Imbolc marks the first of three spring festivals in the pagan tradition. It is difficult for us to imagine spring in what feels like the depths of winter, but if we look at the ground the first shoots of green are beginning to reach toward the sun.
Winter represented a life-and-death struggle for ancient people. In a world only warmed by fire, the snow, cold and ice of this season held people in its grip. The food for humans and animals had to last until the next growing season. The threat of illness put entire villages at risk. The Festival of Imbolc provided communities with hope about the growing warmth of the sun and the safety of the coming harvest.
Our first event for gay, bi, trans and queer identified faeries in Portland a year ago felt like Imbolc. Our warmth, affection, and touch under the full moon and eclipse on January 20 was an amazing experience. It also opened a wound for some of us because the physical touch we experienced that night highlighted how intimacy deprived this world often leaves us.
The winter from intimacy we’re experiencing is not our fault.
As corporations make money off our sexual desires through advertising, pornography, and apps like Grindr, our desires become optimized in a way that crowds out intimacy. We can touch during a hookup or in a romance, but intimacy outside of these contexts is often viewed with suspicion and fear. Have you ever noticed suspicion emerging, “I can’t be affectionate with him, he might misinterpret things and think I have sexual or romantic intentions.” Even this blog post creates fear and suspicion for some people.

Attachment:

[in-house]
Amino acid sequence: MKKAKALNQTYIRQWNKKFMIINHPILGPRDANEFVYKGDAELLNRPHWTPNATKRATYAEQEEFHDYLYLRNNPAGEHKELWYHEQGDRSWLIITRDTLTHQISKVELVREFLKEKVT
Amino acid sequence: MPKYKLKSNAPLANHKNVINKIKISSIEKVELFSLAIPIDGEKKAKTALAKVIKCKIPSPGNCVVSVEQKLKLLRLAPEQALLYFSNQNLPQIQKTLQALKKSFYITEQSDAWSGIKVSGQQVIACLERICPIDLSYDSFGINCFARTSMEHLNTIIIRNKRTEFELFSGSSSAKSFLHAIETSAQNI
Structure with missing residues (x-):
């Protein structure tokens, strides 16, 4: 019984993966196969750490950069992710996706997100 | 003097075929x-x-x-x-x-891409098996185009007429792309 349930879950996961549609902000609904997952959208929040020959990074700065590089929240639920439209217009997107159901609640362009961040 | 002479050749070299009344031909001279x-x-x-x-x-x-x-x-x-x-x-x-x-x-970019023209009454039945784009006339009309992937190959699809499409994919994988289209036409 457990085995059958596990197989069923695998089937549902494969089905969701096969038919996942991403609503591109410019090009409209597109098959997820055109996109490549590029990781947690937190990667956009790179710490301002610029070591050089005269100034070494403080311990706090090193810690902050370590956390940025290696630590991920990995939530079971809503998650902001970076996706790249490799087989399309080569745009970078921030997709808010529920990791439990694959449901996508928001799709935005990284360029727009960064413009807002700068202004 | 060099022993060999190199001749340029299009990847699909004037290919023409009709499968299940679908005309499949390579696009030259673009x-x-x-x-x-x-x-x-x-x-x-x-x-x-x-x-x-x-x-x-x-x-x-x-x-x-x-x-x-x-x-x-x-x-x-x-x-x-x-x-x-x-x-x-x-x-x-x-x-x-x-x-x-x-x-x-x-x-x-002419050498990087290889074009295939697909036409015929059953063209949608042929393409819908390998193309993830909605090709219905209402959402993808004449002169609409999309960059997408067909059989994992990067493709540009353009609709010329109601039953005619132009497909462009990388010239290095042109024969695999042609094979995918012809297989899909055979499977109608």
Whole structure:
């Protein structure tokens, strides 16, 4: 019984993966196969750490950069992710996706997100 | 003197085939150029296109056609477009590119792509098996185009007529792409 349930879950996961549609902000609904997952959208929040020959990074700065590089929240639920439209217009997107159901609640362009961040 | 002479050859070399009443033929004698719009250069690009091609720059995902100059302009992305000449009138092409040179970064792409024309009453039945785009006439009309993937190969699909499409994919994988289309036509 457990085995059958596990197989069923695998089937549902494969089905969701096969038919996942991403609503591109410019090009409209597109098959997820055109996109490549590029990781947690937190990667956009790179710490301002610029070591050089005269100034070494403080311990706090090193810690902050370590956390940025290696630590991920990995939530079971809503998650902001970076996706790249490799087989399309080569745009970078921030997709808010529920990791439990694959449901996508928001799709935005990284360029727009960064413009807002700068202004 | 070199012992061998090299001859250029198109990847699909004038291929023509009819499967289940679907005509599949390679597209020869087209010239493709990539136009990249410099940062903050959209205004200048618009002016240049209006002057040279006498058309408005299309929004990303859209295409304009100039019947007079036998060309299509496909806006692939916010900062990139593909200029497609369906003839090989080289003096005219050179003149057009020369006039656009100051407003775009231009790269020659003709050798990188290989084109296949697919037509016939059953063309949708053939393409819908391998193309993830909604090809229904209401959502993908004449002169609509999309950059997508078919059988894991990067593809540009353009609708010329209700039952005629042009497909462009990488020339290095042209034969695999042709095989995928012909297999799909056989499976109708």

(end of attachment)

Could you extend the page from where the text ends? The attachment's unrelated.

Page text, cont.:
The economic system, including how it commodifies our sexuality, produces ‘subject-object consciousness’ where people and the natural world are seen as a means to an end instead of ends in themselves and all natural relationships become relationships between things. Harry Hay founded the Radical Faeries to create a space that transforms “subject-object consciousness” into “subject-subject consciousness.” He also formed the Mattachine Society, one of the earliest gay rights organizations.
Harry Hay promoted an ethics of developing ‘subject-subject consciousness’ on the basis that ‘one must always treat others a subjects like themselves, never as objects, or as a means to some instrumental end.’ For Hay, subject-object relations amongst gay men were a product of the increasing ‘hetero-normative’ focus of urban gay life that accompanied the growing commodification of the gay scene. He hoped that the rural retreats, gatherings and communal ‘sanctuaries’ developed by men inspired by the Faeries would create space where queer men could collectively build new relationships with each other based on intimacy and an ethics of speaking from the heart.1
We’re living in the winter of “subject-object consciousness” and people struggle with loneliness everywhere. Men Cuddling Men felt like Imbolc because in the winter of our situation we touched our being as a species and it gave us hope for richer community. We’re ultrasocial mammals whose brains are wired to respond warmly to one another. We cuddle because we’re human.
We call upon Brigid, the Goddess of the Sacred Flame, Maiden of the Snowdrops and the first stirrings of spring.
Give us the vulnerability to nurture one another
with the gift of intimacy
that makes us fully human.
For additional thought:
- ‘Toward New Frontiers of Fairy Vision – subject-SUBJECT Consciousness,’ Harry Hay.
- ‘Capitalism Killed Intimacy and Replaced it with Pornhub,’ Joana Ramio.
1 ‘The creation of autonomous queer spaces,’ Anarchism & Sexuality: Ethics, Relationships and Power, Gavin Brown, 209.